Jefferson Airplane


Janis Joplin (with The Kozmic Blues Band)


Arlo Guthrie


Canned Heat


Santana


Jimi Hendrix


Ten Years After


The Who


Crosby Stills Nash and Young

This Weekend I’ll Mostly Be Listening to… A Lazarus Soul August 24, 2019

Posted by irishelectionliterature in This Weekend I'll Mostly Be Listening to....
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Have been listening to A Lazarus Soul a good bit recently. Great to hear some more uniquely Dublin bands with great music. “Long Balconies” is a brilliant song and the video which has some great footage reflects the song beautifully. It’s one of those songs when you first hear it you listen to it over and over.
They have some other great songs but “Long Balconies” stands out.
Well worth listening to.

This Weekend I’ll Mostly Be Listening to… U2 and Ash at The Waterfront Hall May 18th 1998 August 10, 2019

Posted by irishelectionliterature in This Weekend I'll Mostly Be Listening to..., Uncategorized.
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Billy Bragg did a three hour broadcast recently on the BBC included was “Beautiful Day” a documentary (from 1.01 here) on the concert in The Waterfront Hall a few days before the Good Friday Agreement. It was the concert that gave us the famous image of John Hume and David Trimble arms held aloft by Bono. It’s a great listen and brought back memories of the weeks before The Good Friday Agreement Referendum. How the concert was arranged, the people behind it and the assumption too that the concert made a difference.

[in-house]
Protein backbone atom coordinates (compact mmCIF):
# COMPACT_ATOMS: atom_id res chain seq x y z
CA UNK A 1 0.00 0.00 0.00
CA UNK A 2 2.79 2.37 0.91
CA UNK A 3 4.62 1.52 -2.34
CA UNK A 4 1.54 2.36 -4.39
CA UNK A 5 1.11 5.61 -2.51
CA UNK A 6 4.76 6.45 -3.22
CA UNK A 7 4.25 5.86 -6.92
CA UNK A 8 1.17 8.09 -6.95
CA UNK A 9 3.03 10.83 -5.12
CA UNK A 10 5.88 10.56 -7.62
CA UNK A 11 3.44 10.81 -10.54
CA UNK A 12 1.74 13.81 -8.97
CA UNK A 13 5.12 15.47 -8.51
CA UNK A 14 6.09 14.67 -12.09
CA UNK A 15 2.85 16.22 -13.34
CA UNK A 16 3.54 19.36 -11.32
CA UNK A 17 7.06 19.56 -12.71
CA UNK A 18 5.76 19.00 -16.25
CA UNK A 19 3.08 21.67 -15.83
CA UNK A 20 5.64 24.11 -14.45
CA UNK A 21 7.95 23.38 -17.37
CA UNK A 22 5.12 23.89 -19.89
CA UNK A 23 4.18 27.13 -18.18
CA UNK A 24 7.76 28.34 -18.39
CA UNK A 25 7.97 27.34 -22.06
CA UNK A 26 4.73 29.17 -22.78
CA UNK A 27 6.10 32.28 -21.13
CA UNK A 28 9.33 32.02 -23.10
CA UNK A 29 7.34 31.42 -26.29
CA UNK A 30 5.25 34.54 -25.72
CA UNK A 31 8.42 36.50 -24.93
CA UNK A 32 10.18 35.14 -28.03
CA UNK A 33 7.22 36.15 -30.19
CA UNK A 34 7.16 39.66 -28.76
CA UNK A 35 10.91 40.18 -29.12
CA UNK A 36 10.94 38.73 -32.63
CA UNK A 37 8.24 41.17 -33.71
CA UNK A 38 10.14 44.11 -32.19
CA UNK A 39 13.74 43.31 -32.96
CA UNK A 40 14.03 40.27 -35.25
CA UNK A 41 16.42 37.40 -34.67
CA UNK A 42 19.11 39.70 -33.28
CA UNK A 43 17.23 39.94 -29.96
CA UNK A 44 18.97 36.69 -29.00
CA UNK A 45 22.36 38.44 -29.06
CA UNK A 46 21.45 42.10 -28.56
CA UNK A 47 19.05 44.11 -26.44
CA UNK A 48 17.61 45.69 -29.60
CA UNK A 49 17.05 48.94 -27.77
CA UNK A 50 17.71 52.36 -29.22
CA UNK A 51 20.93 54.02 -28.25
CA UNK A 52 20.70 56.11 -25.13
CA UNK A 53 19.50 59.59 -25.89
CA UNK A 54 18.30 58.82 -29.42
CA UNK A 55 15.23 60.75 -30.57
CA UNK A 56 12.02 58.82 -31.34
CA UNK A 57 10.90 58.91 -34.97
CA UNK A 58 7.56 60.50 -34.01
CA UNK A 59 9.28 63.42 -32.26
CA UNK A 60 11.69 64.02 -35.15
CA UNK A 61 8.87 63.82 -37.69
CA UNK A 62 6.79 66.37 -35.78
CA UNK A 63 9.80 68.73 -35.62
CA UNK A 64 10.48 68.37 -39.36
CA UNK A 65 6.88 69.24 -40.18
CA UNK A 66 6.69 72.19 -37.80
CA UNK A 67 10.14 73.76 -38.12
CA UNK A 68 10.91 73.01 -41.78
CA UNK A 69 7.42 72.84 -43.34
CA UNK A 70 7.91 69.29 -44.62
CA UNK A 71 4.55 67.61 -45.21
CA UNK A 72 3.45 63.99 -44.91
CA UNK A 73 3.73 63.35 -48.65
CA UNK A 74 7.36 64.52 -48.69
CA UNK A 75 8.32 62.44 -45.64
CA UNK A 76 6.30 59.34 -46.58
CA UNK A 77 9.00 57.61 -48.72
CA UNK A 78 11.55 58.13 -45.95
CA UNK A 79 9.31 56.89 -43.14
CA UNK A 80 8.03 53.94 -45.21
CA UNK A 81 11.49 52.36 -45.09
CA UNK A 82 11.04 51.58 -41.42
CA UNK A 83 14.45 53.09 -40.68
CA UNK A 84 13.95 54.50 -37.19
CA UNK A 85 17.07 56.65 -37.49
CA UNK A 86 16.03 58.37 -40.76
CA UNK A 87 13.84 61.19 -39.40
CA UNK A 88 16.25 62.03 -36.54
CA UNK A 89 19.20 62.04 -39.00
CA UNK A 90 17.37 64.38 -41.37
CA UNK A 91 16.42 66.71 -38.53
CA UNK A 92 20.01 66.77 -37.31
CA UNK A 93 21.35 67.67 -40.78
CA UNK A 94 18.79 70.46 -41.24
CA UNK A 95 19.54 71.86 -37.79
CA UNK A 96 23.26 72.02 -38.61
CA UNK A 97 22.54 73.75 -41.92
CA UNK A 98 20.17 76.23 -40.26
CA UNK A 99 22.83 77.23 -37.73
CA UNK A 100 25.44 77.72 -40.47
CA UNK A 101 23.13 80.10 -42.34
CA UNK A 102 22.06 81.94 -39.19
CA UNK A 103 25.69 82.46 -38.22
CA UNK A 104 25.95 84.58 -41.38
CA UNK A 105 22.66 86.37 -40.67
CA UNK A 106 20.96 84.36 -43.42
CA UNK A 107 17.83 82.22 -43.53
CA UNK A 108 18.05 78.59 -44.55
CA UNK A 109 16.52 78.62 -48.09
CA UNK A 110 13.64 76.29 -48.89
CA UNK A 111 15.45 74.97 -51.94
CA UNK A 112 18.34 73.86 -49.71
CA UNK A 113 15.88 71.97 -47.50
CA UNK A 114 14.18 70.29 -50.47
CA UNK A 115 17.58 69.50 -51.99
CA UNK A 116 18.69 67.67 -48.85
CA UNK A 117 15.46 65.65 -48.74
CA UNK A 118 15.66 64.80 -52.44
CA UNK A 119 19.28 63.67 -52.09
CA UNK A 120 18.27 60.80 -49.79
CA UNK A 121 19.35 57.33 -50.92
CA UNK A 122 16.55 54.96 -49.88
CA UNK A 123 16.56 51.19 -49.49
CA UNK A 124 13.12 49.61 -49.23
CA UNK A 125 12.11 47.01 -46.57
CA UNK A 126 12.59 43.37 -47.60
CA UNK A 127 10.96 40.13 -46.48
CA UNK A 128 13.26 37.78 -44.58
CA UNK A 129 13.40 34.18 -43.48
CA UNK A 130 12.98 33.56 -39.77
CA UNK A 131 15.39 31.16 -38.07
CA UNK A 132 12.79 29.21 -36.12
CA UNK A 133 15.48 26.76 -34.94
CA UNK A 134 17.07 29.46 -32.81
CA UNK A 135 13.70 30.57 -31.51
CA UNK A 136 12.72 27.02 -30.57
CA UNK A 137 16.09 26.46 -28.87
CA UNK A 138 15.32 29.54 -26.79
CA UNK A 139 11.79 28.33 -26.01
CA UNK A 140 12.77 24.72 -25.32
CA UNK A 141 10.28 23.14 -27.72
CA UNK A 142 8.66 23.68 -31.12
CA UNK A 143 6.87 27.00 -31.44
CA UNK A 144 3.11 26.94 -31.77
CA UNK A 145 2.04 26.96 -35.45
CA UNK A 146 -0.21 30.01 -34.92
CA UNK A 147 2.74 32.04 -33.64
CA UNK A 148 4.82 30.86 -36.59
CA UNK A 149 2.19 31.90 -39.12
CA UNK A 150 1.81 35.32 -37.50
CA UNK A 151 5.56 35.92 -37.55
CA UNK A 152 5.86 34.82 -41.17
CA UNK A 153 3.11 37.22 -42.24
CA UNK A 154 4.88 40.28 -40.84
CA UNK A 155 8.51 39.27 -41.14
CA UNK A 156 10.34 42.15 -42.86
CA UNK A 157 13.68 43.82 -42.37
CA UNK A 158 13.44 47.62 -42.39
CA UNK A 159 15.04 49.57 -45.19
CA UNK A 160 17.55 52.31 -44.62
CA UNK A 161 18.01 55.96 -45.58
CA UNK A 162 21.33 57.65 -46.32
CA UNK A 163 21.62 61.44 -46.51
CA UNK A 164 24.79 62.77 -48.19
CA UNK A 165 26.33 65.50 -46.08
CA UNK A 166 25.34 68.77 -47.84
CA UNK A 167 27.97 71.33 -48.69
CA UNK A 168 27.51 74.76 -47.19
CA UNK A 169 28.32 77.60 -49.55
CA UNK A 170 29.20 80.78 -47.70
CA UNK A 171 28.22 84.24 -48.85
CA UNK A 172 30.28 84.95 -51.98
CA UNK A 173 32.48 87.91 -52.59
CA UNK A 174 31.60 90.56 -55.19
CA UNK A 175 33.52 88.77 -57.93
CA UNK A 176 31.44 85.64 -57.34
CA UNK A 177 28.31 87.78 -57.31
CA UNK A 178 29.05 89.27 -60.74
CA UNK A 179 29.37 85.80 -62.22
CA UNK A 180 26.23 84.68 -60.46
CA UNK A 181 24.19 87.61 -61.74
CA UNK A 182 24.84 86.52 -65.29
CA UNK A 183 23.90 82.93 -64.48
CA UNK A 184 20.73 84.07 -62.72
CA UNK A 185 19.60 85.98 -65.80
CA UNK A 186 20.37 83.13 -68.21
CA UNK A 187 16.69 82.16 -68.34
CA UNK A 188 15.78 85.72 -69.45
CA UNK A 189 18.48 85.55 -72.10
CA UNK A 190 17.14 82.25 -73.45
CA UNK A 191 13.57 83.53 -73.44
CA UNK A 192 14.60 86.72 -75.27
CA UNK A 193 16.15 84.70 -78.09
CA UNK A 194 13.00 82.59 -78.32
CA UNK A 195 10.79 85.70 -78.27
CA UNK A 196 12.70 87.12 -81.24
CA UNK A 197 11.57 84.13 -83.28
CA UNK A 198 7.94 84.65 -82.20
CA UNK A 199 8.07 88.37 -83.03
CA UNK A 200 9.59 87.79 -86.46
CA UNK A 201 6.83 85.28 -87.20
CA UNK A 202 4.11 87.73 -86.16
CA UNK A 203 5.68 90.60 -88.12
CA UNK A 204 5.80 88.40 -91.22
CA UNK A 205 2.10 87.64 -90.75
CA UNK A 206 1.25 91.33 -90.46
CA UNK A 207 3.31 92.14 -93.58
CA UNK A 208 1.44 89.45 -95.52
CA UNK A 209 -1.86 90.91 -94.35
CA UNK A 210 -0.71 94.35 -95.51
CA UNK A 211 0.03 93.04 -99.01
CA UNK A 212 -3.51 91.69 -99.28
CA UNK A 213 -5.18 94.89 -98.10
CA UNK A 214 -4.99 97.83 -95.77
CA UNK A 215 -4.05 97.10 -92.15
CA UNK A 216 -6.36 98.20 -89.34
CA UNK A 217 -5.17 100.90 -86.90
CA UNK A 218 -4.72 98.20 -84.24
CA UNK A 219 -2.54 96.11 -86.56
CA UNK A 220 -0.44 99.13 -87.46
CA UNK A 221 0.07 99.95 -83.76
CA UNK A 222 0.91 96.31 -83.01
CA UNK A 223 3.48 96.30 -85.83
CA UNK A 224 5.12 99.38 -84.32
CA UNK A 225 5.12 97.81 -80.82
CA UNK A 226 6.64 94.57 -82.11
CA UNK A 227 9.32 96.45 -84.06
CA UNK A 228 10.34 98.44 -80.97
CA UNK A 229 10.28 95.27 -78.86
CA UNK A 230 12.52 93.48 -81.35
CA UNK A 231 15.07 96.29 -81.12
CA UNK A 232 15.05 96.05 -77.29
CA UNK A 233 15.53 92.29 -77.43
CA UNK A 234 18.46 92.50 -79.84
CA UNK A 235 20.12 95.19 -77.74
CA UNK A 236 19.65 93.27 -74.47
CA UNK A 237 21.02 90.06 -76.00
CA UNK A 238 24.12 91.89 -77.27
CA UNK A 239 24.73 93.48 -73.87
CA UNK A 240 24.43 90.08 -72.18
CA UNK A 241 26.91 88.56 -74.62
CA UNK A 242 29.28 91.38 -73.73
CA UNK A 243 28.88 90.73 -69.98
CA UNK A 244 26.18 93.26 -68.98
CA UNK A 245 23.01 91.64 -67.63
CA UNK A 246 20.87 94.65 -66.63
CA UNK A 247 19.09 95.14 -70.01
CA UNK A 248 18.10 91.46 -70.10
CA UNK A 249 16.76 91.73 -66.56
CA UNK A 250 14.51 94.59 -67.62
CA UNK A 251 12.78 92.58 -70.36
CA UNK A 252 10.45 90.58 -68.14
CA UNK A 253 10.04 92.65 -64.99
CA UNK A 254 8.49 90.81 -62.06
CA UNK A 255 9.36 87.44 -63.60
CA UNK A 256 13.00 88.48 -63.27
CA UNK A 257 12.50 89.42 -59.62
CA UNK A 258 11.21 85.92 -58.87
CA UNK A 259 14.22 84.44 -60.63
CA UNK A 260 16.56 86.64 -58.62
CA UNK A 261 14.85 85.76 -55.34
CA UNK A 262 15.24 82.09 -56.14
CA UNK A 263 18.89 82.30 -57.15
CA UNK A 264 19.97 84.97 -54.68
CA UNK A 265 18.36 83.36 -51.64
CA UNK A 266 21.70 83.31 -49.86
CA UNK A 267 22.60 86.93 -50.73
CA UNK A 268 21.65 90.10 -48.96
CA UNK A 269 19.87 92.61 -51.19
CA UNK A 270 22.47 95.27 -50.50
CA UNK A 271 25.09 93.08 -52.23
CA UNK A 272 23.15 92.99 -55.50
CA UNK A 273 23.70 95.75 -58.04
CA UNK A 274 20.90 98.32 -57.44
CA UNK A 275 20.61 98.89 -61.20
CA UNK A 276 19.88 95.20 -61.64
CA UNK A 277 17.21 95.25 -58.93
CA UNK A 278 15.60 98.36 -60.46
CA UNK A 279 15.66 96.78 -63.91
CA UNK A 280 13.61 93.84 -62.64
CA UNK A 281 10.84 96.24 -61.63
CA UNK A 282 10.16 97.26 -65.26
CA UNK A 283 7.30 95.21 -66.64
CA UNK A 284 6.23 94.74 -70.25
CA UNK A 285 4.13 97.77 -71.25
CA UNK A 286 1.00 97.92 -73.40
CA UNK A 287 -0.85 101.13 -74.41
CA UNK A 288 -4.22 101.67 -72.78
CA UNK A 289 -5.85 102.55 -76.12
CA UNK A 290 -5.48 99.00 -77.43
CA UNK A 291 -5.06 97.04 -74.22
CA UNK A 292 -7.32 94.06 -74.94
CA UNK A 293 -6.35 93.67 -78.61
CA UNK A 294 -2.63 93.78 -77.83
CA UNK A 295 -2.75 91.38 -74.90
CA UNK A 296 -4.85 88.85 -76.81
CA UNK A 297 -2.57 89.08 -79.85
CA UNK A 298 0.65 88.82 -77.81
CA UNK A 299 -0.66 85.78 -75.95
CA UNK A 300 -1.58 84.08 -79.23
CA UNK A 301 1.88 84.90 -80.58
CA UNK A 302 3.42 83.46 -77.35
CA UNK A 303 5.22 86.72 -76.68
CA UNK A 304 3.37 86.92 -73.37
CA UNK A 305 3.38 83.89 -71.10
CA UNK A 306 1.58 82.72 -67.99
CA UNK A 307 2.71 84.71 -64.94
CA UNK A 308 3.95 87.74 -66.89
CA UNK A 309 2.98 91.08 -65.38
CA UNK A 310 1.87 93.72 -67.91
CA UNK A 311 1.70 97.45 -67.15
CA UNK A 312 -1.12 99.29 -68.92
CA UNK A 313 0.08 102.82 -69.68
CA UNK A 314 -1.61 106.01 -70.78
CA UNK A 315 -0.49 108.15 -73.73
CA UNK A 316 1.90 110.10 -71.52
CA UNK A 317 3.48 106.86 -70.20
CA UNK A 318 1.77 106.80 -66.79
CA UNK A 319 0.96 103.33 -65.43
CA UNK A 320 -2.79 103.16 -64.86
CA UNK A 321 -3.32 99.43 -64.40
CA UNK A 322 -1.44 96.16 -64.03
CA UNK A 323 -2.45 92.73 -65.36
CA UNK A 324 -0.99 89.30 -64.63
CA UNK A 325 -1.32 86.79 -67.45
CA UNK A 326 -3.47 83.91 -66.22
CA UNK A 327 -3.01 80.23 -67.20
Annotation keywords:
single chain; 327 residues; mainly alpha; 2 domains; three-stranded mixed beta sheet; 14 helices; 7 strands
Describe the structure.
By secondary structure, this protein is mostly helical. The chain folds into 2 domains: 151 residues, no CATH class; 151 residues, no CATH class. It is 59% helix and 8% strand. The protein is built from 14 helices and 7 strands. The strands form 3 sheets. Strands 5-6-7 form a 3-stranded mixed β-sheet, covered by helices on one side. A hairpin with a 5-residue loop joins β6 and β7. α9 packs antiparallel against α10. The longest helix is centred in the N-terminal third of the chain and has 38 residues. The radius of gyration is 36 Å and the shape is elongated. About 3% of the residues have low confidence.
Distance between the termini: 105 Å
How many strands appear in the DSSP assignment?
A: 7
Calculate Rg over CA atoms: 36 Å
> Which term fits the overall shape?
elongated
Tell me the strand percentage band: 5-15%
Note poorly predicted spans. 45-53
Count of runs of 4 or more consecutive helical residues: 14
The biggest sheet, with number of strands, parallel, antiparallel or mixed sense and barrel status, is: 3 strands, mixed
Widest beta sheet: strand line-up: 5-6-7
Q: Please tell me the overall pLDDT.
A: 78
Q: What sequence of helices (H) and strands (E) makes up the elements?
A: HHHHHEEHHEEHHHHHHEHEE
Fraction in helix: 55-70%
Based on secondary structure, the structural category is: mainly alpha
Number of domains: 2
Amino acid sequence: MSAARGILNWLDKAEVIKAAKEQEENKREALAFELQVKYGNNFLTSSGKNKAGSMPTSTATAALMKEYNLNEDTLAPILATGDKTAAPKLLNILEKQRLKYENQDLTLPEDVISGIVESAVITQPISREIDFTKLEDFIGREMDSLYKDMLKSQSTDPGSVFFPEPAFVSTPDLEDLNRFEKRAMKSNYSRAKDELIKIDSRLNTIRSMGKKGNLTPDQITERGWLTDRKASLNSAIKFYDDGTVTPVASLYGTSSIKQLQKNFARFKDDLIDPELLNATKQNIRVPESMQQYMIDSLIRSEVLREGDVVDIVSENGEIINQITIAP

This Weekend I’ll Mostly Be Listening to…Different Trains – Steve Reich/Kronos Quartet/Pat Methany August 3, 2019

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I was recently in a museum which had an audio-visual installation with footage of train journeys across the United States in the 1940s and 1950s and Different Trains by Steve Reich, as played by the Kronos Quartet as a musical accompaniment – or perhaps the visuals were the accompaniment to the music. The two combined provided a mesmerising experience, it was impossible not to stop and look. Oddly this reminded me of Ulrich Schnauss playing live in Dublin some years ago which used similar footage during the gig, albeit the music was considerable louder and faster.